Can Anything Beat White?: A Black Family's Letters

Overview

Ann Petry (1908-1997) achieved prominence during a period in which few black women were published with regularity in America. Her novels Country Place (1947) and The Narrows (1988), along with various short stories and nonfiction, poignantly described the struggles and triumphs of middle-class blacks living in primarily white communities.

Petry's ancestors, the James family, served as inspiration for much of her fiction. This collection of more than four hundred family letters, ...

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Can Anything Beat White?: A Black Family's Letters

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Overview

Ann Petry (1908-1997) achieved prominence during a period in which few black women were published with regularity in America. Her novels Country Place (1947) and The Narrows (1988), along with various short stories and nonfiction, poignantly described the struggles and triumphs of middle-class blacks living in primarily white communities.

Petry's ancestors, the James family, served as inspiration for much of her fiction. This collection of more than four hundred family letters, edited by the daughter of Ann Petry, is an engaging portrait of black family life from the 1890s to the early twentieth century, a period not often documented by African American voices.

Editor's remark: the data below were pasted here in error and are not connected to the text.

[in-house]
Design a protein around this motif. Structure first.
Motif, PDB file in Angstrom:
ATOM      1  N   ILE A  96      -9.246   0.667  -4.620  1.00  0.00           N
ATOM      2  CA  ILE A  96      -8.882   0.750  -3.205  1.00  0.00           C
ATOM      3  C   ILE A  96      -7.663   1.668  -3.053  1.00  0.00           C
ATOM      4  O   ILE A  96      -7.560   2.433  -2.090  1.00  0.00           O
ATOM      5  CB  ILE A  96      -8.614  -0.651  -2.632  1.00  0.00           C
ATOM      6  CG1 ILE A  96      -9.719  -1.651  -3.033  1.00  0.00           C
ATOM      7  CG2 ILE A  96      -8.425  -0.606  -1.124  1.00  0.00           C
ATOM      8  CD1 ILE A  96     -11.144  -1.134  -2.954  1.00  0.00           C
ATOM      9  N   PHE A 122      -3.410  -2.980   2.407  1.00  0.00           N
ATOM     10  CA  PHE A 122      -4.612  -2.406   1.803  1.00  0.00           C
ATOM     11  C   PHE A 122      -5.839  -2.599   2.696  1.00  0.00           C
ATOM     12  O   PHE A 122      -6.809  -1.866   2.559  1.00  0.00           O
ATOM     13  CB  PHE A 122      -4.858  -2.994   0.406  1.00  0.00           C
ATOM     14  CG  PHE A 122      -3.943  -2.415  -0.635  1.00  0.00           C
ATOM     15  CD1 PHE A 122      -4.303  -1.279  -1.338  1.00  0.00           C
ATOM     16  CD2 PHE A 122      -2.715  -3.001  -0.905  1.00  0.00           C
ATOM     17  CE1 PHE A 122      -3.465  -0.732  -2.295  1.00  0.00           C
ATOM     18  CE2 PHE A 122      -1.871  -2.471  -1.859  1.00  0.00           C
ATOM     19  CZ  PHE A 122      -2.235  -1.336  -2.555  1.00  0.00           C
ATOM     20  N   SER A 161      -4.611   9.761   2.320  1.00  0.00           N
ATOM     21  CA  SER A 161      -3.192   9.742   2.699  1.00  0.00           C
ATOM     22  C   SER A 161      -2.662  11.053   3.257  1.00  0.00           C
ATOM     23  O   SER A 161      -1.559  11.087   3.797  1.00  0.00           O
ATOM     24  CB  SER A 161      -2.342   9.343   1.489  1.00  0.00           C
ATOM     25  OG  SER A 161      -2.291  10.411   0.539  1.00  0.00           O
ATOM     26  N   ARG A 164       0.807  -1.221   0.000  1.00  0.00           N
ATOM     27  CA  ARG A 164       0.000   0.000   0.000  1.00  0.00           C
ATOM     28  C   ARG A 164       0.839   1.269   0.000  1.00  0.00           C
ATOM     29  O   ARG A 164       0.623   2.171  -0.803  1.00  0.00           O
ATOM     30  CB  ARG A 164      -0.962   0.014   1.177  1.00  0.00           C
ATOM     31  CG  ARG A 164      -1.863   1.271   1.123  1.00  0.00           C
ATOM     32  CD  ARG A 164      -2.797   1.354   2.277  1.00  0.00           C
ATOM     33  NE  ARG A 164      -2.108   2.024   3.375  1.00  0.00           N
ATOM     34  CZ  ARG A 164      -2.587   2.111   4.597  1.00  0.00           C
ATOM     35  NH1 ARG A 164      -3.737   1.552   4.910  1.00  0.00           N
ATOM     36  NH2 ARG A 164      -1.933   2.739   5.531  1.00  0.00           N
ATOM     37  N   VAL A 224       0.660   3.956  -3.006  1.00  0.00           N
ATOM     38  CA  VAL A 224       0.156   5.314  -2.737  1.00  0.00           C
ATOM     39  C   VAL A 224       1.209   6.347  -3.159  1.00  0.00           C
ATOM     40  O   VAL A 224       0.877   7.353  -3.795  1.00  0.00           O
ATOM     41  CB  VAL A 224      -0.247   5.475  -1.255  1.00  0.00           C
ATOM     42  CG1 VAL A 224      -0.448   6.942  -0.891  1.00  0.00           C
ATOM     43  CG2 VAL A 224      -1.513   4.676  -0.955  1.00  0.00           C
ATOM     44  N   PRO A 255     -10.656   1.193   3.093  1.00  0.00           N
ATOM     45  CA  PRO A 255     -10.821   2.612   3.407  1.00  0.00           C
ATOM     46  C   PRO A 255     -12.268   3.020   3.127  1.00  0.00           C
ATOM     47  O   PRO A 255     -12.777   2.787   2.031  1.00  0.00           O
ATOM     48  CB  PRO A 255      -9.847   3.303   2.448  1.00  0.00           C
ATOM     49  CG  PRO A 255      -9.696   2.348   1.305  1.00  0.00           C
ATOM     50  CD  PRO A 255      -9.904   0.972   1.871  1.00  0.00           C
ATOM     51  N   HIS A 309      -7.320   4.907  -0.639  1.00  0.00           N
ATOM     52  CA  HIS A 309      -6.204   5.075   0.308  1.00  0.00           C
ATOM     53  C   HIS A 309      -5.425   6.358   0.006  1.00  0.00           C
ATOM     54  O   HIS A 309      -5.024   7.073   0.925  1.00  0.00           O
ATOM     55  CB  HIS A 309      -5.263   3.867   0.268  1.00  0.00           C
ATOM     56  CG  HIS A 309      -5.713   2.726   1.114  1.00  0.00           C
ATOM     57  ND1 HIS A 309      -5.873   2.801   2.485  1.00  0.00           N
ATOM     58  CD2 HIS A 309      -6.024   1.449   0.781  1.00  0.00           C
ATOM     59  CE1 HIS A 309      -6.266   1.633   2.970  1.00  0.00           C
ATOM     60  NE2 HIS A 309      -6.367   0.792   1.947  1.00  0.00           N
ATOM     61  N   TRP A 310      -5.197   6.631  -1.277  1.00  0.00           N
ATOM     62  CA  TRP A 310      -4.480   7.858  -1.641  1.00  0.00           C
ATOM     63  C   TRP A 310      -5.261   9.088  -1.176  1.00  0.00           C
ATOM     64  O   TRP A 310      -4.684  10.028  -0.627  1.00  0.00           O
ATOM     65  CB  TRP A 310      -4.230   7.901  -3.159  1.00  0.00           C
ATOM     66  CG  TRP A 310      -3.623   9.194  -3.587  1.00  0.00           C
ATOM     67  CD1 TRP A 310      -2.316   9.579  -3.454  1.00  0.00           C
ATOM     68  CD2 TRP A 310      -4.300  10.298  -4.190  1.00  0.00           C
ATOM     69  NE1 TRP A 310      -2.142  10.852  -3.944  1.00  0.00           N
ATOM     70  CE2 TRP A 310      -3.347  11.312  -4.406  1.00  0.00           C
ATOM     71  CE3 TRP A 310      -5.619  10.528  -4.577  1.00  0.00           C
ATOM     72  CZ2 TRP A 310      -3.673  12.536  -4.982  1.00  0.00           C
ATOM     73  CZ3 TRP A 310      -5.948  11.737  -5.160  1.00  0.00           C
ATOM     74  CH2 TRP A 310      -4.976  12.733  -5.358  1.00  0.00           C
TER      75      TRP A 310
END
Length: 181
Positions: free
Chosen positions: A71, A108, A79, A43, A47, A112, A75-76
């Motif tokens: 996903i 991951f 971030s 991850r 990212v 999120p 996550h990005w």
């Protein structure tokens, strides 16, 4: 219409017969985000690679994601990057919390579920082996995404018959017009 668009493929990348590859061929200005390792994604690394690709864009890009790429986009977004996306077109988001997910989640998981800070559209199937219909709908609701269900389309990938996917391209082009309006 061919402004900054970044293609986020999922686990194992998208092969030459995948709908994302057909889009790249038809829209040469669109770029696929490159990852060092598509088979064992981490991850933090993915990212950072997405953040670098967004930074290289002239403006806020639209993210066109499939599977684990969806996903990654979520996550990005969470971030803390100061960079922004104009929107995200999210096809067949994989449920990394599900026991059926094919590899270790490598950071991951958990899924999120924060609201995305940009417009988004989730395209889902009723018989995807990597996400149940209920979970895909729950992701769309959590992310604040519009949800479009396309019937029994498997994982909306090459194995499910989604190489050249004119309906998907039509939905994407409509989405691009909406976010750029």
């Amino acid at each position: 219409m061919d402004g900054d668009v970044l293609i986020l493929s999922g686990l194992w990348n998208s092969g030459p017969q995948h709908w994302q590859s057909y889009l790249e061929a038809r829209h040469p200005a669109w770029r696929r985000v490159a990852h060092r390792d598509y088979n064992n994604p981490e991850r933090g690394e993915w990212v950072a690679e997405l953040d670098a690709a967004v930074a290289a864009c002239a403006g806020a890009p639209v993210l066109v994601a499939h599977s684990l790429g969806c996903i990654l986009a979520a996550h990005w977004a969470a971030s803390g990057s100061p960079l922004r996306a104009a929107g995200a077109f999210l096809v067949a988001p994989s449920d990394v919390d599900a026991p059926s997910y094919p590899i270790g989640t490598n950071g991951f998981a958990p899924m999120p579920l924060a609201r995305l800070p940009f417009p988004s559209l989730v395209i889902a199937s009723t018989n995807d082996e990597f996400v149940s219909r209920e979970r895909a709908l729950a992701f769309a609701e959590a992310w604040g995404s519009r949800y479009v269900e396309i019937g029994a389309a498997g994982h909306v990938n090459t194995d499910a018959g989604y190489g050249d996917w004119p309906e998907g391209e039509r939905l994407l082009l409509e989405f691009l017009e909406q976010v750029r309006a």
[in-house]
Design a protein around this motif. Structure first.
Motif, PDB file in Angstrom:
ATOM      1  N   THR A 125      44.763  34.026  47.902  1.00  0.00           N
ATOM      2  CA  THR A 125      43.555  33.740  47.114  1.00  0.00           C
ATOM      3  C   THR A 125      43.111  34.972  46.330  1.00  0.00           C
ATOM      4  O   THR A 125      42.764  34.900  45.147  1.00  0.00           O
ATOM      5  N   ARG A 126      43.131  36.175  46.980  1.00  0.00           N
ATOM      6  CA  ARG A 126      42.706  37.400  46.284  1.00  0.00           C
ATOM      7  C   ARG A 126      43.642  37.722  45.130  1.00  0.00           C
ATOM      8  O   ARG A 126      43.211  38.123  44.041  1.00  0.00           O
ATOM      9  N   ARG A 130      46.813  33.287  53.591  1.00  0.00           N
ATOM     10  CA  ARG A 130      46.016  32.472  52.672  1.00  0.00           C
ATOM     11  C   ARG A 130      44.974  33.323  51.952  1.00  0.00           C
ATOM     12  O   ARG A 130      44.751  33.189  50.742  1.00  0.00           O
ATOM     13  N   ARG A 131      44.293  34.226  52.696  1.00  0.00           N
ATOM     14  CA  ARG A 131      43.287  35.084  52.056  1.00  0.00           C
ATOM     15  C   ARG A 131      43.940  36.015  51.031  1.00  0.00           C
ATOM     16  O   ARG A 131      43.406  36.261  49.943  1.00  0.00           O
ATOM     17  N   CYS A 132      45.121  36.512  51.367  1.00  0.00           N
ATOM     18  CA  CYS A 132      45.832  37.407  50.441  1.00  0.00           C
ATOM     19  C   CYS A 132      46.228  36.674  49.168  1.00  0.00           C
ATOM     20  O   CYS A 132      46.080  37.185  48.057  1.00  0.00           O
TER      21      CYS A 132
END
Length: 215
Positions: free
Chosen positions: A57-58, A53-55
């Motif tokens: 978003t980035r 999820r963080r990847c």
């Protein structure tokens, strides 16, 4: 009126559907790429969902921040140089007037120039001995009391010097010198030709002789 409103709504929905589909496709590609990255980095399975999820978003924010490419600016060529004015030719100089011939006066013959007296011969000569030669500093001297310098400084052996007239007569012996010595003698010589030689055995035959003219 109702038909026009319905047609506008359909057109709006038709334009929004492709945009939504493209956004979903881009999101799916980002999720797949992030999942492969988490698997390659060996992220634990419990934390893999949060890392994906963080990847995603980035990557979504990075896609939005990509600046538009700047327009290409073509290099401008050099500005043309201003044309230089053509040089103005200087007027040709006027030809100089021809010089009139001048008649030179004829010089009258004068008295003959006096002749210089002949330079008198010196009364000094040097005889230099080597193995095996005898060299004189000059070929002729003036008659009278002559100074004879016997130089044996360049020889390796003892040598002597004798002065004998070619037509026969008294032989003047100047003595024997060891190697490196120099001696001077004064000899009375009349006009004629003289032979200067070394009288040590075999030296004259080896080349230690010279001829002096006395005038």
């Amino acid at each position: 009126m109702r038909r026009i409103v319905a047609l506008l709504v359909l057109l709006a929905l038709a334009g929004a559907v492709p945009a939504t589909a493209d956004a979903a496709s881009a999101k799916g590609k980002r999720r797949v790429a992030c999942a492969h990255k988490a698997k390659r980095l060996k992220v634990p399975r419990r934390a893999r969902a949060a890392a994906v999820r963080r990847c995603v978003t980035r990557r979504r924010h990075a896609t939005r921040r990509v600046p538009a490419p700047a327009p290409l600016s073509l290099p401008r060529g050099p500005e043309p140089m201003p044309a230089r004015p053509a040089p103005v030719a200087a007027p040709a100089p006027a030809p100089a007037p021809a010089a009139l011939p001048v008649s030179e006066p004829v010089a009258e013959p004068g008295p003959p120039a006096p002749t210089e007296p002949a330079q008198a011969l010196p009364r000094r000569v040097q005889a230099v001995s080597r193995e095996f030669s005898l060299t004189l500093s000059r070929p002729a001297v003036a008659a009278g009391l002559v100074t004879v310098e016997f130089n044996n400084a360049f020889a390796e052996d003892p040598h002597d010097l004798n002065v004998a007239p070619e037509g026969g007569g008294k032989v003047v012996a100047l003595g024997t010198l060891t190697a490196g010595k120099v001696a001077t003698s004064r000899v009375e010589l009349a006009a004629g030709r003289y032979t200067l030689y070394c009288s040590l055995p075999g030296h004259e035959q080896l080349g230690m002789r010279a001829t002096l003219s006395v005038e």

Ann Petry's maternal grandfather, Willis Samuel James, was a slave taught by his children to read and write. He believed "the best place for the negro is as near the white man as he can get." He followed that "truth," working as coachman for a Connecticut governor and buying a house in a white neighborhood in Hartford. Willis had sixteen children by three wives. The letters in this collection are from him and his second wife, Anna E. Houston James, and five of Anna's children, of whom novelist Ann Petry's mother, Bertha James Lane, was the oldest.

History is made and remade by the availability of new documents, sources, and interpretations. Can Anything Beat White? contributes a great deal to this process. The experiences of the James family as documented in their letters challenge both representations of black people at the turn of the century as well as our contemporary sense of black Americans.

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Product Details

Meet the Author


Elisabeth Petry is a freelance writer with a Juris Doctor degree from the University of Pennsylvania Law School. She lives in Middletown, Connecticut. Her work has appeared in Northeast (the magazine of the Hartford Courant) and Work-Boat magazine.
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